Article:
Tomorrow: Join Us as the Youth Violence Task Force Unveils Anti-Violence Platform

Tomorrow, November 10th, at 3:30pm, Melissa, East Harlem community-based organizations, local youth, and other elected officials will release the El Barrio/East Harlem Youth Violence Task Force’s official platform, which calls for collective action by government, non-profits and the community to reduce neighborhood violence.  The platform’s recommendations build upon ideas shared by East Harlem youth at community discussions held over the past year.  The press conference will be held outside of the James Weldon Johnson Community Center located at Lexington Avenue and 115th Street. This brand new community center, which has been in the works for over a decade, could be a vital resource to our youth, but is still shuttered.

The release of the Youth Violence platform follows a story published in this Sunday’s New York Daily News that revealed that Council Member Mark-Viverito’s car was hit by a stray bullet this past September. The alleged shooter was a 16 year old young man.  Council Member Mark-Viverito will speak about the incident and how it reinforces the need for collective action on the part of the community and the city to prevent more young people from turning to gangs and gun violence.  Youth and community leaders will also speak about the recommendations outlined in the platform and call for an end to senseless violence.

We welcome all community members, friends of East Harlem/El Barrio, and concerned citizen to join us. An official copy of the report will be made available here tomorrow afternoon.

More Benches Coming to East Harlem Sidewalks

Melissa with DOT Commissioner Sadik-Khan and local seniors. (Photo Courtesy of Jeff Mays/DNA Info)

Yesterday, Melissa helped announce a new City initiative that will place 1,000 new benches on sidewalks throughout New York City, beginning with the two brand new benches at East 109th Street between First and Second Avenues, outside of the Leonard Covello Senior Center.  The initiative, called City Bench, was launched in our community in response to the efforts undertaken by Melissa’s office and East Harlem’s Aging Improvement District (AID) to make our neighborhood more age-friendly.  These new benches are mainly intended to help seniors have an opportunity to stop and rest as they are out walking in the community.

In the past year, the Department of Transportation (DOT) acquired federal funding to install 1,000 benches across the city to improve quality of life among the elderly. As part of the AID process, the New York Academy of Medicine surveyed seniors from throughout the East Harlem community last year to hear from the seniors directly as to what we as a community could do to make life easier for them. In response to the overwhelming request for more seating on our sidewalks, Melissa brought the idea back to DOT and they promised to launch their new and upcoming bench program in East Harlem.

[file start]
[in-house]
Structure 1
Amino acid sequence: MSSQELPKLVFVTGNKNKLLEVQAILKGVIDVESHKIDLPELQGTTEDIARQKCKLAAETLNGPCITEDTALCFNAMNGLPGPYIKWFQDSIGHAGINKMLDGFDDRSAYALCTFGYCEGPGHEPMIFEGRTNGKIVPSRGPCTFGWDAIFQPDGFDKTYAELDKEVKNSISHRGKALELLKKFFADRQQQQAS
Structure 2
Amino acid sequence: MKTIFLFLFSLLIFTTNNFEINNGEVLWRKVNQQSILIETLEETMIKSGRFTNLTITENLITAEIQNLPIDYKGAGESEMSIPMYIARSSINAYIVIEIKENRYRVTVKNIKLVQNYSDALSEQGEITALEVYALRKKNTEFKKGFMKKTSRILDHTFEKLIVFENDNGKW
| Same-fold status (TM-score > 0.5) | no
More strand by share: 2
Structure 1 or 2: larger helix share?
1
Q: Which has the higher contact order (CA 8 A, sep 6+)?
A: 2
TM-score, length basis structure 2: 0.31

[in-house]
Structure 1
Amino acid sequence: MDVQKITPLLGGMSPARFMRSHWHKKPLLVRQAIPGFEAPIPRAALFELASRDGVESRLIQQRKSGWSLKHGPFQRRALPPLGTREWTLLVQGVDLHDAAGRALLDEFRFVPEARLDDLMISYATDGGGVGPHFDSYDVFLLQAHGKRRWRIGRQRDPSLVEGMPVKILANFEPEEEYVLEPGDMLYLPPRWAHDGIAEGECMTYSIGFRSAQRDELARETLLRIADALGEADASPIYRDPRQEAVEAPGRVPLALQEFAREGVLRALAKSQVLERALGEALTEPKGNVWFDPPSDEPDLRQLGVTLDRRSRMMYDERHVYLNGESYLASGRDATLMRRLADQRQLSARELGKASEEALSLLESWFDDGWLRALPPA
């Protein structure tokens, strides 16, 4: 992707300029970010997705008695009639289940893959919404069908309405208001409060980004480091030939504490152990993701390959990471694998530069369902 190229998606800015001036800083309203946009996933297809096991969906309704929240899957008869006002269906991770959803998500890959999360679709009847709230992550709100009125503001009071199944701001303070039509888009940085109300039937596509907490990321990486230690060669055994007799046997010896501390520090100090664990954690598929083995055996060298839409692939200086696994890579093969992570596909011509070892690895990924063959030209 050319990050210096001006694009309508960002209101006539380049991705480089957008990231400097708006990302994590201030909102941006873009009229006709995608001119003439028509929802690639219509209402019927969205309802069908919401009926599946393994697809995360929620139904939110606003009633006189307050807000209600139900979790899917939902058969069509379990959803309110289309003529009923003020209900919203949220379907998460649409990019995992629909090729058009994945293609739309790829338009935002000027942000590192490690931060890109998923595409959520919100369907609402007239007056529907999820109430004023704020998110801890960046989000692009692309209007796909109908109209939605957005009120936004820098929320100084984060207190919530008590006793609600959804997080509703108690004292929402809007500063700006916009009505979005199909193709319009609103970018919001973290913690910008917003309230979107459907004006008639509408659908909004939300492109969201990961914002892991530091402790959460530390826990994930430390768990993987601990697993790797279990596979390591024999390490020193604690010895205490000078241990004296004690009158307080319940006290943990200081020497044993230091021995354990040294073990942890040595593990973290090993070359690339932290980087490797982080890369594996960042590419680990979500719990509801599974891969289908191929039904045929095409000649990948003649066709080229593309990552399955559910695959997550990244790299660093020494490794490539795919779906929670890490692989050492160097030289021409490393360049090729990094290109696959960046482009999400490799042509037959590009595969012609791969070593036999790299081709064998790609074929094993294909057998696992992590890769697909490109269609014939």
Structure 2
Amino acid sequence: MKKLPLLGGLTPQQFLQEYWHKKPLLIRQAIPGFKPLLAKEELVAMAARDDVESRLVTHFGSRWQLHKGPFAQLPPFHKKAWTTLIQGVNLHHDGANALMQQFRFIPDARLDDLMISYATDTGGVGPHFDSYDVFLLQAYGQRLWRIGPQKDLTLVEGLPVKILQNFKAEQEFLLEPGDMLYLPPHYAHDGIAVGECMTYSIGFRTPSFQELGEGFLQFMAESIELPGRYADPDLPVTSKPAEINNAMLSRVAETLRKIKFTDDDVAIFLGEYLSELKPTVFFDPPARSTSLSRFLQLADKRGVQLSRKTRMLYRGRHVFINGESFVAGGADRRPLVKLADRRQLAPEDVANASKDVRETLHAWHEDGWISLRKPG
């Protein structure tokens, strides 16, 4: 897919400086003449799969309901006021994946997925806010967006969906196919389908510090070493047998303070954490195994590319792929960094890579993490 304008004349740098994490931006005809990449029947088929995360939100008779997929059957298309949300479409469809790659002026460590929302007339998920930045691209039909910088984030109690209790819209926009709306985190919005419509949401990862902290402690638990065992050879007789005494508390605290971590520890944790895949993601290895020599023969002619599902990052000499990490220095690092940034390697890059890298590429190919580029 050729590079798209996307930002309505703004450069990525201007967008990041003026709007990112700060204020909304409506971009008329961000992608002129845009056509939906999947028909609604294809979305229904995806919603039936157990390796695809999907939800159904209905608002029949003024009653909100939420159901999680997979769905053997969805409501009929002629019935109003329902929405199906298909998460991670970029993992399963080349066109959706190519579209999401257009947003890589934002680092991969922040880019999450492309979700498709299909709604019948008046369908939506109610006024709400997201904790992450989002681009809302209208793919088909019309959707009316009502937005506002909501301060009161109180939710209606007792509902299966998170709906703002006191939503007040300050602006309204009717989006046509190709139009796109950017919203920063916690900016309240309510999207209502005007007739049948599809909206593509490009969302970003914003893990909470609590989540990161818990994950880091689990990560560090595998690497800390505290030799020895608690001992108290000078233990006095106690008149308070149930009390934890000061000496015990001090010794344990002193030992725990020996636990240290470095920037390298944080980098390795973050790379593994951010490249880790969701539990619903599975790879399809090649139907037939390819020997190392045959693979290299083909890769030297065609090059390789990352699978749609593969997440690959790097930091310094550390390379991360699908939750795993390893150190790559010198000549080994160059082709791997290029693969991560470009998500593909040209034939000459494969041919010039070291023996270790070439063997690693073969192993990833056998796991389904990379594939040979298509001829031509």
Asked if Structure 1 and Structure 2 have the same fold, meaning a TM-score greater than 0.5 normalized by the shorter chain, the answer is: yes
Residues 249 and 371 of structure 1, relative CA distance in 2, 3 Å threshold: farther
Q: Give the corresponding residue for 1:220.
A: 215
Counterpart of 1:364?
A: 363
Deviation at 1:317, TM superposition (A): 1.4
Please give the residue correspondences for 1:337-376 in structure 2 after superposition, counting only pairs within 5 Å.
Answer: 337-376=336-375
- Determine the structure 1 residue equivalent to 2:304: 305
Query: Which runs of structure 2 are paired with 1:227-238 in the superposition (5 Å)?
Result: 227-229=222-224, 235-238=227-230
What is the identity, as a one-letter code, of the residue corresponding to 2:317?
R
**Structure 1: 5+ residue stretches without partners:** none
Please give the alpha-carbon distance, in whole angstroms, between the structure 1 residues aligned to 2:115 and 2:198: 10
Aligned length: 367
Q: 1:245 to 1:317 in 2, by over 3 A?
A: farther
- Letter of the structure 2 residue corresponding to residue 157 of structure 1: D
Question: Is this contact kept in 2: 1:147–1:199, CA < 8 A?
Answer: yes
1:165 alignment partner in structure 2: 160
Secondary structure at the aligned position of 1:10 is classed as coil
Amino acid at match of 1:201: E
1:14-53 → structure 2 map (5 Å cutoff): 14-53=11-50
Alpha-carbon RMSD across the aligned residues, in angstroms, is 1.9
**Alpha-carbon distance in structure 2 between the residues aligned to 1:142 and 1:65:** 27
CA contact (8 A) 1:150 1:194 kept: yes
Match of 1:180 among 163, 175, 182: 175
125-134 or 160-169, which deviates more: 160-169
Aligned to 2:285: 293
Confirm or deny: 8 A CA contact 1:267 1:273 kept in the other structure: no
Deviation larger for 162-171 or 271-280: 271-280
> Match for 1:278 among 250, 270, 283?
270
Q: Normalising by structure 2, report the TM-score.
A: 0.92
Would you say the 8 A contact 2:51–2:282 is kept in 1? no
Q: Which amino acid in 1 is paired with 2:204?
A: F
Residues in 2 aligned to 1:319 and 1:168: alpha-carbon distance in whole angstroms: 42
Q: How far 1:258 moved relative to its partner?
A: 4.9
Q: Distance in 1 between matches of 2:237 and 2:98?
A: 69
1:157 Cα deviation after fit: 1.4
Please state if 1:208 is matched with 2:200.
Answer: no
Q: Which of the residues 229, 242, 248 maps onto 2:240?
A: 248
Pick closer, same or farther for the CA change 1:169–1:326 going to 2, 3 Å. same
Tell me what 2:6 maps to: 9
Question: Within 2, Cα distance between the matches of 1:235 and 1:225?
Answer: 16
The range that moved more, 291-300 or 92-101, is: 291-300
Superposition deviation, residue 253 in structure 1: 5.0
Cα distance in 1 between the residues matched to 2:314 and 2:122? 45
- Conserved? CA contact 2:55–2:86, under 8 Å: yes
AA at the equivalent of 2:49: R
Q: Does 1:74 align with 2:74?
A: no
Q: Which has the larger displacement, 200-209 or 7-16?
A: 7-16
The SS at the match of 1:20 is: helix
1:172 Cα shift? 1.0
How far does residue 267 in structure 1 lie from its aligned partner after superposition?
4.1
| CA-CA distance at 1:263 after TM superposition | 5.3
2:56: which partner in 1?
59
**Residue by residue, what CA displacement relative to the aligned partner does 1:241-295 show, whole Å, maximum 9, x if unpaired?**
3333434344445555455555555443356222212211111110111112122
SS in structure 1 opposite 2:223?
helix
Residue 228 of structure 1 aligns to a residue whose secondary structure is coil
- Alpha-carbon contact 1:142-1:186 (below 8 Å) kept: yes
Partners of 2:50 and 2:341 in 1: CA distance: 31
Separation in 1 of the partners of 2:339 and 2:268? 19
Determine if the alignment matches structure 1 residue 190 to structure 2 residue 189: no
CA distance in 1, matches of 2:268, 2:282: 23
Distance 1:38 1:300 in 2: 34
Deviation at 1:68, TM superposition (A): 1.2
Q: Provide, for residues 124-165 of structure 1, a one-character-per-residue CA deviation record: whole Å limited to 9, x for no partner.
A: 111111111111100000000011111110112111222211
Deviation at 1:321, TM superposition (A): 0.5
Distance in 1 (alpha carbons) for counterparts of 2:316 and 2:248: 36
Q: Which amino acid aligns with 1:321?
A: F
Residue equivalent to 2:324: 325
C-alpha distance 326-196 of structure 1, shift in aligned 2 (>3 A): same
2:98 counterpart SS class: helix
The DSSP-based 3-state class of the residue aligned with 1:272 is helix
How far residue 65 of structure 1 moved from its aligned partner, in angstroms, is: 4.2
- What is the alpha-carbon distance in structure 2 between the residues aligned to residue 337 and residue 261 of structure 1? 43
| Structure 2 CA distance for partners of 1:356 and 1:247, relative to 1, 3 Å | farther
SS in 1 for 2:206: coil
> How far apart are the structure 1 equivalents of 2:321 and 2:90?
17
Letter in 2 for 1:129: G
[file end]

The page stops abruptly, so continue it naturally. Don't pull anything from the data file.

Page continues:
Photo Courtesy of Jeff Mays/DNA Info.

This is just Melissa’s latest effort to help provide an improved quality of life for our senior residents. Last month, Melissa stood in support of a DOT proposal that would bring bike lanes to the neighborhood. These lanes not only improve the health of all members of our community but the lanes will also make it easier for older adults to cross 1st and 2nd Avenues, since pedestrian islands will be created as part of the plans.  This past summer, she also helped launch the first-ever Senior Pool Hours at Jefferson Pool in East Harlem, and earlier this year, the East Harlem AID distributed chairs to local businesses that agreed to offer seating in their stores for seniors.

Transportation Commissioner Sadik-Khan, Aging Commissioner Barrios-Paoli, Deputy Mayor Gibbs and Council Member Lappin, who chairs the Council’s Aging Committee were all on hand for the City Bench announcement, along with many older adults from the Leonard Covello Senior Center.

We look forward to bringing more benches to the district. If you would like to propose a new site for a bench, please visit http://www.nyc.gov to make your request.

Congressman Gutierrez Visits New York as Melissa’s Immigration Bill Advances

Capping off an exciting weekend of events with Illinois Congressman Luis Gutierrez, the City Council held its first hearing this week on the bill introduced by Melissa that will limit immigration agents’ reach in our city’s jails.  The Bloomberg administration now supports the bill, paving the way for its passage by the end of the year.